Famous faces addressed a crowd of more than 30,000 people taking part in the March for Europe rally in London.
In the message filmed in a recording studio in Paris, musician Jarvis Cocker held up a world map and said: “You cannot deny geography. The UK is in Europe. How can you take it out?”
The March for Europe started from Hyde Park and weaved through central London, culminating with speeches at Parliament Square. Bob Geldof also urged Remain campaigners to take to the streets, speak to their neighbours and work to stop the UK’s exit from the EU.
He said: “We have two years where we need to find the energy, the strength, to not just pitch up in London on the lovely July Saturday.
“We need to individually organise ourselves. Organise those around us and do everything possible within our individual power to stop this country being totally destroyed. Right now this country is haemorrhaging its jobs, companies are preparing to leave because they simply will not be able to function in the way they have been up until now.”
Geldof, who launched a boat on the Thames to challenge Nigel Farage in a confrontation during the EU referendum campaign, said: “Farage lied to those fishermen, those coal miners.
“What he didn’t tell them is that the only way to stop austerity is to grow an economy. How do we grow an economy outside the biggest free trade club in the world?
“Forget the coming together and unity. Let’s get real. Properly serious like we are about our lives and jobs and relationships.
“Going online and tweeting your indignation is only venting into the ether. It achieves nothing. Come out. Take action amongst your friends, work colleagues and in your neighbourhoods.
“Don’t get angry. Respect them. Talk to them. Ask if they understand that with their vote to leave they took their country’s future with them.”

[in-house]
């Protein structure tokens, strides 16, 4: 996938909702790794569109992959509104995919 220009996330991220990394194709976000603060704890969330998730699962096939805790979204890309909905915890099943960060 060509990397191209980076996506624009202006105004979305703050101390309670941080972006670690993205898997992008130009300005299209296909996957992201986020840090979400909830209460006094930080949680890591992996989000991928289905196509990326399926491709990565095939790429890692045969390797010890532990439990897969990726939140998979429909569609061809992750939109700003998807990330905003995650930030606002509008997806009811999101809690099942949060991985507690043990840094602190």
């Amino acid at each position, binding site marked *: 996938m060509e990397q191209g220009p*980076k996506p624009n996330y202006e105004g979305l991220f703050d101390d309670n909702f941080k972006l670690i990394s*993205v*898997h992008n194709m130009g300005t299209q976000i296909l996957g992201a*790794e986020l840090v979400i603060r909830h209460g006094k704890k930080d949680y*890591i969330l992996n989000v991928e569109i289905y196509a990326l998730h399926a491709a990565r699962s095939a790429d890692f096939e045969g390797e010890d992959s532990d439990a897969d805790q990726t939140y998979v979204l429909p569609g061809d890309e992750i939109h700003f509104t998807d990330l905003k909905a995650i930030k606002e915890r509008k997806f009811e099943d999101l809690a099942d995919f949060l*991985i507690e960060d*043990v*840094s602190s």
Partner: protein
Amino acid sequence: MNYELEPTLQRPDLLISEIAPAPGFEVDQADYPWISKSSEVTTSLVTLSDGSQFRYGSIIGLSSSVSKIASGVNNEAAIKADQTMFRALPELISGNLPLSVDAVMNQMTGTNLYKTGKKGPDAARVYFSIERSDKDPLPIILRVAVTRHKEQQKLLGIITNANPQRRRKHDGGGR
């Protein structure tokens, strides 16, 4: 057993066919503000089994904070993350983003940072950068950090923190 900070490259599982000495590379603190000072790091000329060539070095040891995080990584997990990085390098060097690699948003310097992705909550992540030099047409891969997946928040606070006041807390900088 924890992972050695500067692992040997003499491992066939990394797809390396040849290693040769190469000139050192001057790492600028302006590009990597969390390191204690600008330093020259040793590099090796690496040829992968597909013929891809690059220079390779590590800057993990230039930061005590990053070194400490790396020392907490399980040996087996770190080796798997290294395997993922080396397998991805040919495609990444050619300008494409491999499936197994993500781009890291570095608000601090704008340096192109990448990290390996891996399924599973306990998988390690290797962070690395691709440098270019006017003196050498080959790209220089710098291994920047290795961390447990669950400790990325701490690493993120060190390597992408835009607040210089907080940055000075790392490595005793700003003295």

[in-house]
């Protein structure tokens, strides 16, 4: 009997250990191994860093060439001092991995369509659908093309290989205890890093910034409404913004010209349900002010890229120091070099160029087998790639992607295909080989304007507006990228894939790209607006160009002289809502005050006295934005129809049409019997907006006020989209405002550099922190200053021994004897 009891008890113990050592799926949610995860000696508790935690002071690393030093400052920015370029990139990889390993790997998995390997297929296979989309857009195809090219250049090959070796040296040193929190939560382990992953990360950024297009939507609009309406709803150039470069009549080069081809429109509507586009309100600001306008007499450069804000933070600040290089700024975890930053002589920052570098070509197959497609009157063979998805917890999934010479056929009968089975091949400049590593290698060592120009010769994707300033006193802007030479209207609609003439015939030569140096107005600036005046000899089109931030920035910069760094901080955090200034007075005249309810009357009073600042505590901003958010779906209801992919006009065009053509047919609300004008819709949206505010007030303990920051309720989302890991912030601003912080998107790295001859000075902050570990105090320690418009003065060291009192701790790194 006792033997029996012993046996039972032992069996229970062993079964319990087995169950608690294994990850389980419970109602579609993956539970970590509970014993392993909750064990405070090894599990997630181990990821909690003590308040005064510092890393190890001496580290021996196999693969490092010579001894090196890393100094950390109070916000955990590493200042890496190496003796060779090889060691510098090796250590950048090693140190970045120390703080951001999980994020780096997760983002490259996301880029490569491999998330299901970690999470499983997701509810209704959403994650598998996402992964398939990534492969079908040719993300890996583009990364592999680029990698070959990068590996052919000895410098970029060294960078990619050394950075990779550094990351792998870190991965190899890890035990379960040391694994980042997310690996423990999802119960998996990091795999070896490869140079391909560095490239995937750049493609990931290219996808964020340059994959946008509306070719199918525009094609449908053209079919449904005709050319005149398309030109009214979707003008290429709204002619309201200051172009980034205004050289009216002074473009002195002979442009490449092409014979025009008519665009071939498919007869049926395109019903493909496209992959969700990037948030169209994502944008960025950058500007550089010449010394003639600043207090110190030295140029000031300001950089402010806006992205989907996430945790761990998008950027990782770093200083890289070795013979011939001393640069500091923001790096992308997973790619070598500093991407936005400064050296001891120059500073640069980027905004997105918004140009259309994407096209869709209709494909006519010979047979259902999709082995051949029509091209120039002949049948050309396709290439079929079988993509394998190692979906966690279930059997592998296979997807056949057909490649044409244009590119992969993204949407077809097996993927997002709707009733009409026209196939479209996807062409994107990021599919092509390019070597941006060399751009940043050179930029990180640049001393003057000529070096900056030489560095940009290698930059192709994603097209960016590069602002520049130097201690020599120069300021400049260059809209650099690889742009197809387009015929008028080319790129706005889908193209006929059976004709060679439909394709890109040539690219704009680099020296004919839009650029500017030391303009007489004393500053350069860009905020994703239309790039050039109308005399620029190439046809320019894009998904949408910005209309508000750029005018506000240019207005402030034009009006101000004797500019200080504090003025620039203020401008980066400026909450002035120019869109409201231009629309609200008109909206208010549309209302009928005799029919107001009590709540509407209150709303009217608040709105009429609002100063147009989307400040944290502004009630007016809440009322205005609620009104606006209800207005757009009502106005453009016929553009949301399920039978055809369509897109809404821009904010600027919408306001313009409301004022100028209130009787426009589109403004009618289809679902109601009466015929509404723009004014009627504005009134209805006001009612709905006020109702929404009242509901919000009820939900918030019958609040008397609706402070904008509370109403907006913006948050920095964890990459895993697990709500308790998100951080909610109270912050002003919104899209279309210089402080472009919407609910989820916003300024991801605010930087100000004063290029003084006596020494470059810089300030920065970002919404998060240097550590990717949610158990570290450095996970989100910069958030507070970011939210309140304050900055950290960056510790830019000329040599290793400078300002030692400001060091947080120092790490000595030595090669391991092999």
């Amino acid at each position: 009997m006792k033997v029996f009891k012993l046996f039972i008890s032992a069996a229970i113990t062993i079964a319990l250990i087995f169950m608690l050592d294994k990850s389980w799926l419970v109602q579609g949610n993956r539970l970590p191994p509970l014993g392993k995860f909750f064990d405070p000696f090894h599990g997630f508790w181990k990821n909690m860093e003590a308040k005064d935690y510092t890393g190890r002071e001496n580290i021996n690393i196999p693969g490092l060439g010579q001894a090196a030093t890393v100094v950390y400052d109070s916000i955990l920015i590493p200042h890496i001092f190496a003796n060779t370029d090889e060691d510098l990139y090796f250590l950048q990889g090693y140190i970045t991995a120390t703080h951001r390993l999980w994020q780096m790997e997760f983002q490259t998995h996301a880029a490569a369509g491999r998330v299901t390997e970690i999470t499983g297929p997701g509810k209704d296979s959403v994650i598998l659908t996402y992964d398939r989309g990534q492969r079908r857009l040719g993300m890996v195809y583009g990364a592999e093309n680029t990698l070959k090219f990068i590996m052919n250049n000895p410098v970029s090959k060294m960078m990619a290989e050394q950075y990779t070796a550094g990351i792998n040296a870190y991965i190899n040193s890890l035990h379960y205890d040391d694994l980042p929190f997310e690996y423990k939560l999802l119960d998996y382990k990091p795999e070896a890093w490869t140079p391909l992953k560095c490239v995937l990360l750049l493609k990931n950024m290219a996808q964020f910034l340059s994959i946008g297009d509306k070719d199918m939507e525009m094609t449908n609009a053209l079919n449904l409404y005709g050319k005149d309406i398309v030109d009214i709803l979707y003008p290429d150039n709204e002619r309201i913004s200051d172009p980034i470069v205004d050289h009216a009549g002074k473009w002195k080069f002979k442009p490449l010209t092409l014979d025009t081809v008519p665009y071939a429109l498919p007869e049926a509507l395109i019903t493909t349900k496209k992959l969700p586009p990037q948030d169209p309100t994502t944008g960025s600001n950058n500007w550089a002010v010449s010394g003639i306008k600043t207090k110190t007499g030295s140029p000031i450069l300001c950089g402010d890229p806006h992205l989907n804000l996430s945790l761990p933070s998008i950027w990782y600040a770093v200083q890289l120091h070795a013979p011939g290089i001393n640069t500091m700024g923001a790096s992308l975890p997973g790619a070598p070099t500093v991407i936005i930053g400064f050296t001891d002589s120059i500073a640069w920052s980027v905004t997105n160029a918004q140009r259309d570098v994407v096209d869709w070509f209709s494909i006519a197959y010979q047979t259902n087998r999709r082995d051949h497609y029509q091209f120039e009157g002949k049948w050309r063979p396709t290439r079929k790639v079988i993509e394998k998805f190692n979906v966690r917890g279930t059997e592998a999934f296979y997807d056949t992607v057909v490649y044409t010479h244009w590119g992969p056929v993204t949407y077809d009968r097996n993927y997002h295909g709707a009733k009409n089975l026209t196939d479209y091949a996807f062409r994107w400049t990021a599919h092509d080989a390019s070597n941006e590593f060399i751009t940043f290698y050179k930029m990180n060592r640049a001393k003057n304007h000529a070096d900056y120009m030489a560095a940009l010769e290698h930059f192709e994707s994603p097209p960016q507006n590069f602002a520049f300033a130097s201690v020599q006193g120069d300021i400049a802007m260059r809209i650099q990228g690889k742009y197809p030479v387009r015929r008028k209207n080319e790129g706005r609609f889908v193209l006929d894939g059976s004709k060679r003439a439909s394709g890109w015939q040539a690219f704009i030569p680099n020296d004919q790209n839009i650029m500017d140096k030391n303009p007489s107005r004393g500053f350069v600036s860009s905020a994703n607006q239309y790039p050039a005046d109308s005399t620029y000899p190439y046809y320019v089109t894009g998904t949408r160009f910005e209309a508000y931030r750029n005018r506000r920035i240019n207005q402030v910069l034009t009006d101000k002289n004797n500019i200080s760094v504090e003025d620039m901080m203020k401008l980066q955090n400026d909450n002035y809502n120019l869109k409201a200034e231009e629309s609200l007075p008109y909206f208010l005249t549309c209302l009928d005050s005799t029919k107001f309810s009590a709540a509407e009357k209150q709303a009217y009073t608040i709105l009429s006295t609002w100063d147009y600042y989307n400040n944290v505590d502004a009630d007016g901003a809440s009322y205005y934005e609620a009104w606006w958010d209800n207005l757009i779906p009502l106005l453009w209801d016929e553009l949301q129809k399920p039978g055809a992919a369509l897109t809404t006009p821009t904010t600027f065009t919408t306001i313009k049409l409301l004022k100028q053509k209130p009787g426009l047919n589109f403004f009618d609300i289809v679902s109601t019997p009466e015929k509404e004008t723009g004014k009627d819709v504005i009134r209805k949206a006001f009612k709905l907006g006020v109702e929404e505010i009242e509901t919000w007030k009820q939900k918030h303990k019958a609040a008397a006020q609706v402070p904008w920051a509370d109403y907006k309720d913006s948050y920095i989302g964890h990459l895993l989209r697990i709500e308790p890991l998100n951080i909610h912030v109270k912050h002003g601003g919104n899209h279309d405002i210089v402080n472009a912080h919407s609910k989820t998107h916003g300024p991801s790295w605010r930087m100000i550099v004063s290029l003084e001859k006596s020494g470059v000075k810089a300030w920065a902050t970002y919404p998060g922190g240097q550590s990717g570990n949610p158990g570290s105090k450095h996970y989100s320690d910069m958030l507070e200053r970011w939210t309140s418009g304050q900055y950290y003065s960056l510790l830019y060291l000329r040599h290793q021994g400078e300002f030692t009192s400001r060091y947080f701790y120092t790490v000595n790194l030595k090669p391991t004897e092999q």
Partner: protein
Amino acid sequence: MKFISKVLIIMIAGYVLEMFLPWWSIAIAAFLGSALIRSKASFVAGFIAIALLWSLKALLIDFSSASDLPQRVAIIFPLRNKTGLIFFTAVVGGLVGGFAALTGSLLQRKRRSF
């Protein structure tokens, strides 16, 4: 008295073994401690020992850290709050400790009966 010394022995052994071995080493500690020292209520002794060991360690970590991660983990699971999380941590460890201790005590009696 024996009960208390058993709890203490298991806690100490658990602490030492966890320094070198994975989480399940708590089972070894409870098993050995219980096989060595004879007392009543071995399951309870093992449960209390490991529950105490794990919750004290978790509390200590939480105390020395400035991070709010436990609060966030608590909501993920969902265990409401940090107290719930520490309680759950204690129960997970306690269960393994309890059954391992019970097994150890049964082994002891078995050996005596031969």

TV presenter and journalist Billie Porter said: “We’re all entitled to an opinion. We’re all angry and we’re all scared and, quite frankly, some of us are ashamed. We have been eager to show the rest of the world that the decision does not speak for all of us.
“The horrific violence and terrifying hate crime might have happened on British soil but those attitudes are not British,” she said, “I worry, in the throes of frustration and disgust, that some of us have stooped as low as the people that we’re angry at.
“If you judge people for their backgrounds or make sweeping generalisations about people we don’t understand then we’re nothing but hypocrites.”
From the stage set up in Parliament Square, Labour peer Michael Cashman told the crowd: “No more lies, no more hate.
“We need to uphold the values of democracy and inclusiveness which are at the heart of the EU and this country.
“We must not let right-wing, narrow-minded nationalism nor xenophobia define us. We are better than that. I honestly believe the disinformation in this campaign has undermined our democracy. Decent British values are also the values of the European Union.”
Demonstrators wearing EU flags as capes and with home-made banners saying “Bremain” and “We Love EU” joined the event, co-organised on social media by Mark Thomas to address “anger, frustration and need to do something”.
Thomas said: “We would accept the result of the referendum if it was fought on a level playing field.
“But it was full of misinformation and people need to do something with their frustration.”